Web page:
6. The Break-Up

Why did they walk away from that phenomenal success?

“It was very strange. Nothing I would have done. I want to open up about this. I don’t want to say any anti Paul Simon things, but it seems very perverse to not enjoy the glory and walk away from it instead. Crazy. What I would have done is take a rest from Paul, because he was getting on my nerves. The jokes had run dry.

But a rest of a year was all I needed. I said: ‘I’m not married yet. I want to jump on a BMW motorbike and tour round Europe chasing ladies.’”

“I don’t want to say anything bad about Paul, but he’s an annoying little imp who kept me from getting laid.”

7. Seduction!

Did he have a seduction technique? “I had it down to an art form. When you sign autographs after a show, you see the real pretty one and make sure you get to her last. Then you ask, ever so casually, ‘Have you had dinner?’”

The master at work, ladies and gentlemen! What he forgot to mention is that the next words out of his mouth, after the dinner proposal, were, “my name is Paul Simon.”

8. The Heart of a Poet

When I mention that I went to see Paul Simon and Sting at the O2 a few weeks ago, Garfunkel sits forward. “Oh tell me, I’m curious. Did he do Bridge Over Troubled Water?”

Ended the show with it.

“It was a gamble that he did that. And when they did it, was Sting on the arrangement?”

Sting and Paul Simon on stage together as part of their 2015 world tour

When I say he was, Garfunkel jiggles his knee again, looks over his shoulder, reaches into his manila envelope and produces a clutch of his prose poems marked with pink Post-it labels and reads one to me. It is about a zebra.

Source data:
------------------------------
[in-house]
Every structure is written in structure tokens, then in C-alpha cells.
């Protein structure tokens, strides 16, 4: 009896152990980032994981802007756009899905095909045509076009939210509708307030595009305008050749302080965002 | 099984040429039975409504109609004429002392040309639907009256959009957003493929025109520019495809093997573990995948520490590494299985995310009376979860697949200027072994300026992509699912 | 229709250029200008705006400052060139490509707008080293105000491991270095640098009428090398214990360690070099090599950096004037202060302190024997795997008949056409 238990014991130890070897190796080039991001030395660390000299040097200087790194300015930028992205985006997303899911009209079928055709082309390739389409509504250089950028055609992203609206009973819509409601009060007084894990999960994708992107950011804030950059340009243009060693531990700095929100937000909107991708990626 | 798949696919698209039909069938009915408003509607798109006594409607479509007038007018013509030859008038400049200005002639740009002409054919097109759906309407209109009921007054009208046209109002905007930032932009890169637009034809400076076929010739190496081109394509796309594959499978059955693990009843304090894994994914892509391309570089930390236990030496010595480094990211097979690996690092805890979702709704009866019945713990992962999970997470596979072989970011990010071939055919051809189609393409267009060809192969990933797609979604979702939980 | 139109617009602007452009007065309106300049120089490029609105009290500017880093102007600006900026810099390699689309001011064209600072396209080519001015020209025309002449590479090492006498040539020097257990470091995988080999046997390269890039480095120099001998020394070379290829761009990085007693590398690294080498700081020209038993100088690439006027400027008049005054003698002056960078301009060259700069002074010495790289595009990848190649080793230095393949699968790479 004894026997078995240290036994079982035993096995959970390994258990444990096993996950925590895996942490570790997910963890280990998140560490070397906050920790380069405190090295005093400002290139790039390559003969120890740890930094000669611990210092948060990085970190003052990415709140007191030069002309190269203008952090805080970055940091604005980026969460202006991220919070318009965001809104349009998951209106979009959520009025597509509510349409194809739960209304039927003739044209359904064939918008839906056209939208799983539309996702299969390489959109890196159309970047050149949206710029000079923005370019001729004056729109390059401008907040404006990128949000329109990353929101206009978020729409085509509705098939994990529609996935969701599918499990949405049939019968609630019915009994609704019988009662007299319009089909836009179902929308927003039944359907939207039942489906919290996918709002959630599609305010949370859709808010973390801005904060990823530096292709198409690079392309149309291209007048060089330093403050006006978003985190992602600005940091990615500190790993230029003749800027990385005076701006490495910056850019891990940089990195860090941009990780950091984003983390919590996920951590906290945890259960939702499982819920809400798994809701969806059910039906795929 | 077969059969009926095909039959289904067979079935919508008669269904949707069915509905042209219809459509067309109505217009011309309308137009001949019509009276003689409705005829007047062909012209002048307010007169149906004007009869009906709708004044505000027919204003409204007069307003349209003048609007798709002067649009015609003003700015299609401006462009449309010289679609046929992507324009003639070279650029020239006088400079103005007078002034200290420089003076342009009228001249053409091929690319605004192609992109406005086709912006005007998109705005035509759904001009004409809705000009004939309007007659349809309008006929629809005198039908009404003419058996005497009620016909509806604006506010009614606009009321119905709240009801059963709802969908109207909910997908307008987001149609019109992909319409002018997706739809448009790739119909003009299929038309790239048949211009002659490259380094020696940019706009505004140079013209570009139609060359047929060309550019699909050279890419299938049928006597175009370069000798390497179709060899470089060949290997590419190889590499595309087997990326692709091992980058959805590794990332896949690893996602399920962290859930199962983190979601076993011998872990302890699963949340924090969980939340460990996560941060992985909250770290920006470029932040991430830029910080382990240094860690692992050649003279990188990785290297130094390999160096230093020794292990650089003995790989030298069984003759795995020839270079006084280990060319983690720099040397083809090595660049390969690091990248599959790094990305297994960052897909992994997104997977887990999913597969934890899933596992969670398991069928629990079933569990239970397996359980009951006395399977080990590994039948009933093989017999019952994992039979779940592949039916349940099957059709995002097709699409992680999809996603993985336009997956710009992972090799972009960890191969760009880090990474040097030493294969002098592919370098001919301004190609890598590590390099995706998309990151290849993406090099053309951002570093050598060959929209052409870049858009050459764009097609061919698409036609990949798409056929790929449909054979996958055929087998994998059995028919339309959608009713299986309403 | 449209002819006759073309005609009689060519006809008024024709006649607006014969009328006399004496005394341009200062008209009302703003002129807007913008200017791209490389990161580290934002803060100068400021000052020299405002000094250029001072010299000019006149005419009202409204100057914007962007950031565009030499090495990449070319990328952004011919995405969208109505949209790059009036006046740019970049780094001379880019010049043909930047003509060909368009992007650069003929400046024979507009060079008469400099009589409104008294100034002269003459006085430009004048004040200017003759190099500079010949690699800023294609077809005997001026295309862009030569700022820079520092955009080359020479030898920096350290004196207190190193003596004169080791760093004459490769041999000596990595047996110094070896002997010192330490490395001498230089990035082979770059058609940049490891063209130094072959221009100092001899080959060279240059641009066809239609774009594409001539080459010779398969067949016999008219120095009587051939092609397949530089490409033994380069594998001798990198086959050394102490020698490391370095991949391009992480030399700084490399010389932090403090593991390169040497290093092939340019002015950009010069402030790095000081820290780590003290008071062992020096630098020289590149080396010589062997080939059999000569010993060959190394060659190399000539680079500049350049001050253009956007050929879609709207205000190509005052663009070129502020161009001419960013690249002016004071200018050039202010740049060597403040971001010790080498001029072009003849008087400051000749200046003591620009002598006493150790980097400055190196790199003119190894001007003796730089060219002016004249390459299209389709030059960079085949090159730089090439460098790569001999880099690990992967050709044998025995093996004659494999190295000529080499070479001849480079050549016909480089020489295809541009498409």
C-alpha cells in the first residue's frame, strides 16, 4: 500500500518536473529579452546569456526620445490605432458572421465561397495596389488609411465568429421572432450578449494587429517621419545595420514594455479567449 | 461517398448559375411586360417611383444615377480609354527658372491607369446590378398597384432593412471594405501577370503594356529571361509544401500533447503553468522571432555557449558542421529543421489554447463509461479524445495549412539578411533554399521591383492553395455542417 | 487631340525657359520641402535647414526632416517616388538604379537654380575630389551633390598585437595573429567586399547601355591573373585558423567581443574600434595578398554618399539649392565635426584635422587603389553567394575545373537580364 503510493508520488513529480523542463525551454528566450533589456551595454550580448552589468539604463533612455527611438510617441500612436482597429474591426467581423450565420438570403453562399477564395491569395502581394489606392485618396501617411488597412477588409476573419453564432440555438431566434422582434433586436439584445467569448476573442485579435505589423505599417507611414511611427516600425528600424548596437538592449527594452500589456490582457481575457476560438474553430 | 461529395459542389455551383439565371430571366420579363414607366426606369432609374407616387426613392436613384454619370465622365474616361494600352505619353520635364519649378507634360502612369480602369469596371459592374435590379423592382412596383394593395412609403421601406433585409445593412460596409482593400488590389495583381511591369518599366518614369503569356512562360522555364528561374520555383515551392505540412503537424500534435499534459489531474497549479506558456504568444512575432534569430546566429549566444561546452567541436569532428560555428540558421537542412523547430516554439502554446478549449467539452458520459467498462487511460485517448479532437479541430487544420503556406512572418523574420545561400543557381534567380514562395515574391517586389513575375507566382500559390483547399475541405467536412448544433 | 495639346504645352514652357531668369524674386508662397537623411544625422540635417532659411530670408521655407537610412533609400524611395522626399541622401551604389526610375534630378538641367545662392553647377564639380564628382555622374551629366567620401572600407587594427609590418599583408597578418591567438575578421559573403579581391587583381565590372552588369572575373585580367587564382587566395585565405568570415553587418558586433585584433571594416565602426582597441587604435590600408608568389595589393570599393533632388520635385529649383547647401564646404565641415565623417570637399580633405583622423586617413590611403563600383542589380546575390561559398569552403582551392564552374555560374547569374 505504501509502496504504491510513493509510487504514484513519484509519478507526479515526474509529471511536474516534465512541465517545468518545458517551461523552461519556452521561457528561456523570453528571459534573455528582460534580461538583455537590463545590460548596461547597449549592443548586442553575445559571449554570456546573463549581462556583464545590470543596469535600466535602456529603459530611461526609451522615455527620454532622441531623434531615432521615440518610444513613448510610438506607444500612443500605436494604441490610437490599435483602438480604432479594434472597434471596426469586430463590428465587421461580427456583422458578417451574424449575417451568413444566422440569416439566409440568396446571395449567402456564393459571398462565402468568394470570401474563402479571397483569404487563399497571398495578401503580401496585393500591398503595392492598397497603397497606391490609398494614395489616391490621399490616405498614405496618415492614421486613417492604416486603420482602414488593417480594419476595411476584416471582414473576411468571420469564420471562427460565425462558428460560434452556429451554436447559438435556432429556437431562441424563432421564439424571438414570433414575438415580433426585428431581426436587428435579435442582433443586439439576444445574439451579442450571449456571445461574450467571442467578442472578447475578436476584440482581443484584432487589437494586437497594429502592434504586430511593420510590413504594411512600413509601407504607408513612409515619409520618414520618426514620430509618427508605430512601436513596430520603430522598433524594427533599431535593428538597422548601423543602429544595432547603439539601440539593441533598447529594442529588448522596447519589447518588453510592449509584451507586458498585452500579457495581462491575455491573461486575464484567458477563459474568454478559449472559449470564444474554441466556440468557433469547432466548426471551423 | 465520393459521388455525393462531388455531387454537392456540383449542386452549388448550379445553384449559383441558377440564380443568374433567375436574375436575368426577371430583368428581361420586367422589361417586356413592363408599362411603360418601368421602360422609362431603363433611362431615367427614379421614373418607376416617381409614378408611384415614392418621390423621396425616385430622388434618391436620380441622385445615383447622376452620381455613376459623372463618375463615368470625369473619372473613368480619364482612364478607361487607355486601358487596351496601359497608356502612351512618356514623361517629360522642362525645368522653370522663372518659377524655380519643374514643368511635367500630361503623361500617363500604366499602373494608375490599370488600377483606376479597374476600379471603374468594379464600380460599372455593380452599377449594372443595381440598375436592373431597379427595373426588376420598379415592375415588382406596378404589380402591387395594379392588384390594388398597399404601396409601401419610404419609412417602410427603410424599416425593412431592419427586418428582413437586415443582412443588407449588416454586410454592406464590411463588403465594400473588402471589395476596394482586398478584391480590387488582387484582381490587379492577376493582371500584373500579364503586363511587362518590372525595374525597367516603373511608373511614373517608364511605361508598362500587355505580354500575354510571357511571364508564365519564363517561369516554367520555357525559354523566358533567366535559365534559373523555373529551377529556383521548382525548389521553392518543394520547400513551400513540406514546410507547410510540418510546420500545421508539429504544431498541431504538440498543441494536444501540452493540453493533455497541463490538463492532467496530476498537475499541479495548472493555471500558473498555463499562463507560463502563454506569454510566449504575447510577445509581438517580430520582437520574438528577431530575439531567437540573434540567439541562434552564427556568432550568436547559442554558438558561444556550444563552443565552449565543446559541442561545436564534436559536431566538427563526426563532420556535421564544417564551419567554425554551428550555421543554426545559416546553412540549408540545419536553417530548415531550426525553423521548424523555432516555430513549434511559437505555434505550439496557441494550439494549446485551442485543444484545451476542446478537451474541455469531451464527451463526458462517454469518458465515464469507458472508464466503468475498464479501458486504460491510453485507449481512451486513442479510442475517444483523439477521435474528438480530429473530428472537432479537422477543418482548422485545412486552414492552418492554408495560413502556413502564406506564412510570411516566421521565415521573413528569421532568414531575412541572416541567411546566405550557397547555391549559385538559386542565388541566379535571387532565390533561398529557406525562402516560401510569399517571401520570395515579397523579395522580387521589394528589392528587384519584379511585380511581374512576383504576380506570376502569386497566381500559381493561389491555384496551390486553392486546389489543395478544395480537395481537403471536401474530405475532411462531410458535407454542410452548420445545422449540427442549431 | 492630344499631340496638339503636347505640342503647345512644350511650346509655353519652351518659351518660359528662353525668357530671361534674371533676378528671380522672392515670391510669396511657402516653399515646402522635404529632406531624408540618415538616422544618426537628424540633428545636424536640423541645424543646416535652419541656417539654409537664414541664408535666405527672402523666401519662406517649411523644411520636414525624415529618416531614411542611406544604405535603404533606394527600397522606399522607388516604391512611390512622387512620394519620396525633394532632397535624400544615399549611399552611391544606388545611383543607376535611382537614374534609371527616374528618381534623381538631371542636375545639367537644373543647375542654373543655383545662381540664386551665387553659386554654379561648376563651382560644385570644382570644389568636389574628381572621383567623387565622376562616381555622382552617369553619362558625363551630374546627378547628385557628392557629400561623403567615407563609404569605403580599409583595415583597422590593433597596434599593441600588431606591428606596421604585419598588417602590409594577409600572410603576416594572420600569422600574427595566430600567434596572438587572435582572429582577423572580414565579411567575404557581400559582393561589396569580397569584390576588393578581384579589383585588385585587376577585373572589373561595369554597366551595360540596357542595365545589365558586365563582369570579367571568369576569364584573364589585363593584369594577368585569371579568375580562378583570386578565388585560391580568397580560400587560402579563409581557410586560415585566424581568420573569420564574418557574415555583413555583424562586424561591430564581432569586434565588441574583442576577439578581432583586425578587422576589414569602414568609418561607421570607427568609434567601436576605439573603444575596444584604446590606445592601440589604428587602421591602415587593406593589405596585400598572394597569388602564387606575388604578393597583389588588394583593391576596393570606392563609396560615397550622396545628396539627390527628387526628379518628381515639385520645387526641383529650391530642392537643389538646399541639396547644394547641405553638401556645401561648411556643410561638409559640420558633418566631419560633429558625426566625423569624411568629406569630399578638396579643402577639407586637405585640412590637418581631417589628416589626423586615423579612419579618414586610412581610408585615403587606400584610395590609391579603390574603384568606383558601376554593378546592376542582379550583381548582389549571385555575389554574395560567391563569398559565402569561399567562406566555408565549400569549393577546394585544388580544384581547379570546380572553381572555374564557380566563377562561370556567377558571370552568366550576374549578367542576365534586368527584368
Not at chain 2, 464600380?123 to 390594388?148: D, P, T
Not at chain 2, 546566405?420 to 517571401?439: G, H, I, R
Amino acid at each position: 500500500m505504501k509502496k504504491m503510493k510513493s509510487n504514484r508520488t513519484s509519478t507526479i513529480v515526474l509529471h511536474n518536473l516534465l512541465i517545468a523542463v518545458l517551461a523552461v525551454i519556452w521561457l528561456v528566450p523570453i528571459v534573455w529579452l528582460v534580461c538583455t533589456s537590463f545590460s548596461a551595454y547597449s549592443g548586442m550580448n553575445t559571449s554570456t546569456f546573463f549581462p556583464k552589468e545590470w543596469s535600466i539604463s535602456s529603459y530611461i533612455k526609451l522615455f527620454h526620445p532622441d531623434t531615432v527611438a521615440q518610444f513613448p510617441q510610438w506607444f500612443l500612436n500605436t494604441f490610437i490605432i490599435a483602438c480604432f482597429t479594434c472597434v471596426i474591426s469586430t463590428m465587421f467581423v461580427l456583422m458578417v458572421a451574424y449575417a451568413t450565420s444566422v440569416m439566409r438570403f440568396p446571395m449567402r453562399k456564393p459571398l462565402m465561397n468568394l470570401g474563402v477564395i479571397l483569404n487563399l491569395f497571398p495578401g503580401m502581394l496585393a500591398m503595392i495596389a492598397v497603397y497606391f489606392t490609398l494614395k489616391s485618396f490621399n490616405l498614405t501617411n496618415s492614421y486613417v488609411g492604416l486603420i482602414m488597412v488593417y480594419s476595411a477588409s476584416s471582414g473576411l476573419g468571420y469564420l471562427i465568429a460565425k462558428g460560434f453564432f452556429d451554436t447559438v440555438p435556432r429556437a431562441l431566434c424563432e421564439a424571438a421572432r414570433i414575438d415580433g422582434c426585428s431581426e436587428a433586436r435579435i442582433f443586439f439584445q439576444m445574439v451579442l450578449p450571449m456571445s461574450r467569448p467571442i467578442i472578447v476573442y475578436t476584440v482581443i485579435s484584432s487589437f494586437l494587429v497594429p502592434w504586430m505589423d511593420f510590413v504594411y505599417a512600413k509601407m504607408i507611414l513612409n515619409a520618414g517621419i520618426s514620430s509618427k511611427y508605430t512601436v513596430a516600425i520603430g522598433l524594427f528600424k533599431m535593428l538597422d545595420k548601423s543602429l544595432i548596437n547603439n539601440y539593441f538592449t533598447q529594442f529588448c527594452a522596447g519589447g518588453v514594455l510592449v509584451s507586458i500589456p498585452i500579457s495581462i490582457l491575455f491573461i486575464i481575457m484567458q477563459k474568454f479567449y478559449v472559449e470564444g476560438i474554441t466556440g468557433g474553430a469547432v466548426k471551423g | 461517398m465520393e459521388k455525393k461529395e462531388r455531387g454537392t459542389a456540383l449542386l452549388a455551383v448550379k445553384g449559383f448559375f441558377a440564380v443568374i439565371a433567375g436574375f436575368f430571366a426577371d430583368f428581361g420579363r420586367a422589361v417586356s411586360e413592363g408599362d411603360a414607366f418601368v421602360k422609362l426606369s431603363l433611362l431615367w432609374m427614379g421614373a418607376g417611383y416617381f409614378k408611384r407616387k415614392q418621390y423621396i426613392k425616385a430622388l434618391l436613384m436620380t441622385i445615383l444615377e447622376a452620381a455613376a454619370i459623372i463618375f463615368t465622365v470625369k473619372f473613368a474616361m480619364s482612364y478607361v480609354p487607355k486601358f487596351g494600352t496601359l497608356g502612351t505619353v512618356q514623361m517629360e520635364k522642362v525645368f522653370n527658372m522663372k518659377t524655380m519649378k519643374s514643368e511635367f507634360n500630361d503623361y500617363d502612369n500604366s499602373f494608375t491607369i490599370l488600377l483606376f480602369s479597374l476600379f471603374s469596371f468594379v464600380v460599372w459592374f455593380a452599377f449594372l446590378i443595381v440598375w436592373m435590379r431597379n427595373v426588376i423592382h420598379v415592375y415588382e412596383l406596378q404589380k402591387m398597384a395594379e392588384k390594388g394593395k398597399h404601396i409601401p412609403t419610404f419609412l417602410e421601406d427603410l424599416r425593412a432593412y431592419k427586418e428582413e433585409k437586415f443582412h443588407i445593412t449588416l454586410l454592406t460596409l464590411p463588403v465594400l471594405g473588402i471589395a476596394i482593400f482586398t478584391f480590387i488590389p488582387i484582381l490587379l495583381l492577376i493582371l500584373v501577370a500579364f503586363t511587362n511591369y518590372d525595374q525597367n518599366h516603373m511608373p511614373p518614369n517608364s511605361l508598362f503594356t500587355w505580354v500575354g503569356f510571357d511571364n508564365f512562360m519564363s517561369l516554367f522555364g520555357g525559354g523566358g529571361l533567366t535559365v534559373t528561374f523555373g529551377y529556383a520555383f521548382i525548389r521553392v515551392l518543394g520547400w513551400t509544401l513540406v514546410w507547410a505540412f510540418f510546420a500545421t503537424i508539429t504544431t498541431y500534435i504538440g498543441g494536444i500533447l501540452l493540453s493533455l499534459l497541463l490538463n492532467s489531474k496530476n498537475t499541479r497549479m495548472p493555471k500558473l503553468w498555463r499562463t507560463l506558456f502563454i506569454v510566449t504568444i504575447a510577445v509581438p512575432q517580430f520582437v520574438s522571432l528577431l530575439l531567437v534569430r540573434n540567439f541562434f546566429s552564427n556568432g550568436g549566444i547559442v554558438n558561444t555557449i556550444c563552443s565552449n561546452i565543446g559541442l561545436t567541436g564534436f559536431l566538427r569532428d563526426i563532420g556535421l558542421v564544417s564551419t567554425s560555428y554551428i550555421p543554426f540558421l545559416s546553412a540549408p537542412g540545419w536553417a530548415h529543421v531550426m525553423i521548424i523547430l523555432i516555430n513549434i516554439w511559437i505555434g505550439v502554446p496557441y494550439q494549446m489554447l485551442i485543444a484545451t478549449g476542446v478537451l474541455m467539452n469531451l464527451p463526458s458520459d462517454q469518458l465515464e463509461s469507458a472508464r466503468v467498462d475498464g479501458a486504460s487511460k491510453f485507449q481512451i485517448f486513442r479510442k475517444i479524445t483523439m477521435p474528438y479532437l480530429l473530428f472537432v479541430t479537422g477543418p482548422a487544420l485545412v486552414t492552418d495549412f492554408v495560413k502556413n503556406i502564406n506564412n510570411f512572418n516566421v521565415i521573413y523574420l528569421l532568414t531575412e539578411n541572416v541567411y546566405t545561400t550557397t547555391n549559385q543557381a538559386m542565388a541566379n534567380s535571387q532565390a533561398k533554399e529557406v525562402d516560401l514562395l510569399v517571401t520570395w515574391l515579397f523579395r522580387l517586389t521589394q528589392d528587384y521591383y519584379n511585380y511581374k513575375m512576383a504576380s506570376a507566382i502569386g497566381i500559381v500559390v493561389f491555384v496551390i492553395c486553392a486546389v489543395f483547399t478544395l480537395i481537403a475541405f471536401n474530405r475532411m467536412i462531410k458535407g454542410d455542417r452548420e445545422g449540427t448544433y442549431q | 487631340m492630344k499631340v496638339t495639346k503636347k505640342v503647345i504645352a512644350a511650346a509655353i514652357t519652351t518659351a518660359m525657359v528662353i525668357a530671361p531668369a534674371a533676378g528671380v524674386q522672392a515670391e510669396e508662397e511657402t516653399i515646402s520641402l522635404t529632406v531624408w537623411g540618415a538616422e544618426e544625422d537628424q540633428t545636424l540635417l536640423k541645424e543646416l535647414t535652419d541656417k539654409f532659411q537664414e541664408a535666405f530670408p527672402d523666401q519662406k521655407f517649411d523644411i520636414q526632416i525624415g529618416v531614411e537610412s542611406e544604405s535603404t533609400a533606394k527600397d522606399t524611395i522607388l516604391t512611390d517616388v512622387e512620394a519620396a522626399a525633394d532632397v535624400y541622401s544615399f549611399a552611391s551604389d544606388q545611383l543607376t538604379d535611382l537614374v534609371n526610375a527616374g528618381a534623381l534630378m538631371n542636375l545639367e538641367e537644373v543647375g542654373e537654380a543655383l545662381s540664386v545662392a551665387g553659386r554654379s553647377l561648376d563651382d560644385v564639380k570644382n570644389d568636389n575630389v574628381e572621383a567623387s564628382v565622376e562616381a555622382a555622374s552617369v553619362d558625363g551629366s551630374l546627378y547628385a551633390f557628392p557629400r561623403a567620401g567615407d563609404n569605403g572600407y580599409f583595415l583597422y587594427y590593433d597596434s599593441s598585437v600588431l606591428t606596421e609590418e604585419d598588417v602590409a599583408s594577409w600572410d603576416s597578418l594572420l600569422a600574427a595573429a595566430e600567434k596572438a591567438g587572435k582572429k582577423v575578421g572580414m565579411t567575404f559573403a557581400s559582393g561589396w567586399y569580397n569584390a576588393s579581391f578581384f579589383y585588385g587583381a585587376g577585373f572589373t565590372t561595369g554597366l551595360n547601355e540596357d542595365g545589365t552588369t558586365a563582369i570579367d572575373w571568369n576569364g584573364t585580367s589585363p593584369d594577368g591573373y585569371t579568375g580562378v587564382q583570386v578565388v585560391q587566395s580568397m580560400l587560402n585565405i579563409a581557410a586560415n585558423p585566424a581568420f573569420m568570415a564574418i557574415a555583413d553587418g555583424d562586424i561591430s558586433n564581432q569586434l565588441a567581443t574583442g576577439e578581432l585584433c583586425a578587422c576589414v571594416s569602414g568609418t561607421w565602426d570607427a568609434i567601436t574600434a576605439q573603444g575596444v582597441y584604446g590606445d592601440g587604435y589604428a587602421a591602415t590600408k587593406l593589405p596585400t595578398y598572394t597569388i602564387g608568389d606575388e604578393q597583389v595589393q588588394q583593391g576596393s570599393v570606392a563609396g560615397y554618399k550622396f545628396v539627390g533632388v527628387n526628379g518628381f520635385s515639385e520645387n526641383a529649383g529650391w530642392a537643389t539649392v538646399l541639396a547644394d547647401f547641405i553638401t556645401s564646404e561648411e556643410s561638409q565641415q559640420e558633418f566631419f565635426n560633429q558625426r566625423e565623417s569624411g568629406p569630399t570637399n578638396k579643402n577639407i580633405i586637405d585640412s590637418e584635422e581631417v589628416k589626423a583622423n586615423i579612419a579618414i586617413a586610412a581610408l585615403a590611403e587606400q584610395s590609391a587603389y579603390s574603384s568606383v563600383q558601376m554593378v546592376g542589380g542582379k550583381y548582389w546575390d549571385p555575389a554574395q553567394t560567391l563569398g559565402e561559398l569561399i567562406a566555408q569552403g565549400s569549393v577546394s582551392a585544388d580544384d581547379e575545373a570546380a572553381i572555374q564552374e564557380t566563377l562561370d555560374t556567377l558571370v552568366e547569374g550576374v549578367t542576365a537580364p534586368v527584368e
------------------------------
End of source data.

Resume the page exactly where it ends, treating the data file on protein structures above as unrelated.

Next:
He’s a hard man to get the measure of, Art Garfunkel.

I’m absolutely dying. I can’t even add a joke here.

9. Kindness

When I ask what advice he has given his son he makes me laugh with his answer: “Watch out for traffic.” Anything else? “Be kind to people. I’m working on that second one myself, because I’m not always kind. I’m judgemental and picky. When I order room service and they get it wrong I try so hard to be kind and I fail. ‘But I only asked for three things! How could you get one wrong?’

“Or to the taxi driver: ‘How can this be hard? Listen to the address and take me there. Don’t you care about your job?’”

“At that moment, the waiter appeared to ask Garfunkel if he wanted a refill on his water, and the singer slapped him in the face and called him a ‘disgusting piece of trash.’”

10. Napoleon Unchained

Actually, another question strikes me. I speculate about whether Paul Simon might have a Napoleon complex. Is there a height thing there, between them?

“I think you’re on to something. I would say so, yes.”

He adds that at school he felt sorry for Paul because of his height, and he offered him love and friendship as a compensation. “And that compensation gesture has created a monster. End of interview.”

ART GARFUNKEL TELLS YOU WHEN THE INTERVIEW HAS ENDED!

Mic-dropping to close out a newspaper interview is next-level showmanship. Kudos to you, Art—you’re a legend.